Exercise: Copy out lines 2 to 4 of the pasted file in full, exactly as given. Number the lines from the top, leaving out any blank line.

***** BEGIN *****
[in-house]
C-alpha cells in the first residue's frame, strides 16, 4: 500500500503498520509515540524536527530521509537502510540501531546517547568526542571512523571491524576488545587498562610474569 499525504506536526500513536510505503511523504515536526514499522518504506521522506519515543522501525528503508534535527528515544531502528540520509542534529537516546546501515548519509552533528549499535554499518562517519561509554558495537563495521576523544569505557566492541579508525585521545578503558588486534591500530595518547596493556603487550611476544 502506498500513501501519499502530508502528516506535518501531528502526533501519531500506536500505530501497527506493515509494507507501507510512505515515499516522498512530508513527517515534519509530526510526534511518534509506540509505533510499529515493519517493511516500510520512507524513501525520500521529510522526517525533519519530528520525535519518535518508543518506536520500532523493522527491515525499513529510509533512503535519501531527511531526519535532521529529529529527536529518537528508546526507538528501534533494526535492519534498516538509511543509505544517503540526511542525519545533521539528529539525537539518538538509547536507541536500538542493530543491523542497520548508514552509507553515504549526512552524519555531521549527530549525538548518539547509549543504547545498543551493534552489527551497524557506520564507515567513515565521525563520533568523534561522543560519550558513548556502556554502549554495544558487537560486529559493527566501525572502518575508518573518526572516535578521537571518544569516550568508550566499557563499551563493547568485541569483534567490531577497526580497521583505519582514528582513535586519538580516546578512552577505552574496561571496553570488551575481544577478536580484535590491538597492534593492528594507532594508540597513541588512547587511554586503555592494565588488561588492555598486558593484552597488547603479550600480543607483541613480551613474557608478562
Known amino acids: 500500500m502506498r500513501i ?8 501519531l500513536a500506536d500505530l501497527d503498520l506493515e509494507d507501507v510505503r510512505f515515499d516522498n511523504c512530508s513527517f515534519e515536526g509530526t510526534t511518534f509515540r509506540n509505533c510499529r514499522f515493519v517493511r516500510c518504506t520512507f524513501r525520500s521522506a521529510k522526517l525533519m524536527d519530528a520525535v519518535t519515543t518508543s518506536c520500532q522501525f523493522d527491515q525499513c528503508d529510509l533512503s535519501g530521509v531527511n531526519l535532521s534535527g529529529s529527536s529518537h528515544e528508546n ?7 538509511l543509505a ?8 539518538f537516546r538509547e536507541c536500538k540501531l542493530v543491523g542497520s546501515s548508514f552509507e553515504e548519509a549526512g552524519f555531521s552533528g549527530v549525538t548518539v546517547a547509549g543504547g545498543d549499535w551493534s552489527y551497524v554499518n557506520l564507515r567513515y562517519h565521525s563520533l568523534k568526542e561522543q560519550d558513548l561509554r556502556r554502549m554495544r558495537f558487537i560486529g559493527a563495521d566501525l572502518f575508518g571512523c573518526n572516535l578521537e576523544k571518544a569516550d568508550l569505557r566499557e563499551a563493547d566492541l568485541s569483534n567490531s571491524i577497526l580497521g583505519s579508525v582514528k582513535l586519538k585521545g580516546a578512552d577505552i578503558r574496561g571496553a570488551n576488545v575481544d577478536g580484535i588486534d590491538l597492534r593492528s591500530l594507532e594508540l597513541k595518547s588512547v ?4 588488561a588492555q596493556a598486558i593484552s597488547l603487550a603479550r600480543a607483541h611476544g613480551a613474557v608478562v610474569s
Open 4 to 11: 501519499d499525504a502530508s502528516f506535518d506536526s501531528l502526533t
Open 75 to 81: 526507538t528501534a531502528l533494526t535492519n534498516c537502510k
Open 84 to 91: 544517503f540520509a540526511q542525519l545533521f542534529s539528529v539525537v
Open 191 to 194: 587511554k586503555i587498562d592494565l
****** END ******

C-alpha cells in the first residue's frame, strides 16, 4: 500500500503498520509515540524536527530521509537502510540501531546517547568526542571512523571491524576488545587498562610474569 499525504506536526500513536510505503511523504515536526514499522518504506521522506519515543522501525528503508534535527528515544531502528540520509542534529537516546546501515548519509552533528549499535554499518562517519561509554558495537563495521576523544569505557566492541579508525585521545578503558588486534591500530595518547596493556603487550611476544 502506498500513501501519499502530508502528516506535518501531528502526533501519531500506536500505530501497527506493515509494507507501507510512505515515499516522498512530508513527517515534519509530526510526534511518534509506540509505533510499529515493519517493511516500510520512507524513501525520500521529510522526517525533519519530528520525535519518535518508543518506536520500532523493522527491515525499513529510509533512503535519501531527511531526519535532521529529529529527536529518537528508546526507538528501534533494526535492519534498516538509511543509505544517503540526511542525519545533521539528529539525537539518538538509547536507541536500538542493530543491523542497520548508514552509507553515504549526512552524519555531521549527530549525538548518539547509549543504547545498543551493534552489527551497524557506520564507515567513515565521525563520533568523534561522543560519550558513548556502556554502549554495544558487537560486529559493527566501525572502518575508518573518526572516535578521537571518544569516550568508550566499557563499551563493547568485541569483534567490531577497526580497521583505519582514528582513535586519538580516546578512552577505552574496561571496553570488551575481544577478536580484535590491538597492534593492528594507532594508540597513541588512547587511554586503555592494565588488561588492555598486558593484552597488547603479550600480543607483541613480551613474557608478562
Known amino acids: 500500500m502506498r500513501i ?8 501519531l500513536a500506536d500505530l501497527d503498520l506493515e509494507d507501507v510505503r510512505f515515499d516522498n511523504c512530508s513527517f515534519e515536526g509530526t510526534t511518534f509515540r509506540n509505533c510499529r514499522f515493519v517493511r516500510c518504506t520512507f524513501r525520500s521522506a521529510k522526517l525533519m524536527d519530528a520525535v519518535t519515543t518508543s518506536c520500532q522501525f523493522d527491515q525499513c528503508d529510509l533512503s535519501g530521509v531527511n531526519l535532521s534535527g529529529s529527536s529518537h528515544e528508546n ?7 538509511l543509505a ?8 539518538f537516546r538509547e536507541c536500538k540501531l542493530v543491523g542497520s546501515s548508514f552509507e553515504e548519509a549526512g552524519f555531521s552533528g549527530v549525538t548518539v546517547a547509549g543504547g545498543d549499535w551493534s552489527y551497524v554499518n557506520l564507515r567513515y562517519h565521525s563520533l568523534k568526542e561522543q560519550d558513548l561509554r556502556r554502549m554495544r558495537f558487537i560486529g559493527a563495521d566501525l572502518f575508518g571512523c573518526n572516535l578521537e576523544k571518544a569516550d568508550l569505557r566499557e563499551a563493547d566492541l568485541s569483534n567490531s571491524i577497526l580497521g583505519s579508525v582514528k582513535l586519538k585521545g580516546a578512552d577505552i578503558r574496561g571496553a570488551n576488545v575481544d577478536g580484535i588486534d590491538l597492534r593492528s591500530l594507532e594508540l597513541k595518547s588512547v ?4 588488561a588492555q596493556a598486558i593484552s597488547l603487550a603479550r600480543a607483541h611476544g613480551a613474557v608478562v610474569s
Open 4 to 11: 501519499d499525504a502530508s502528516f506535518d506536526s501531528l502526533t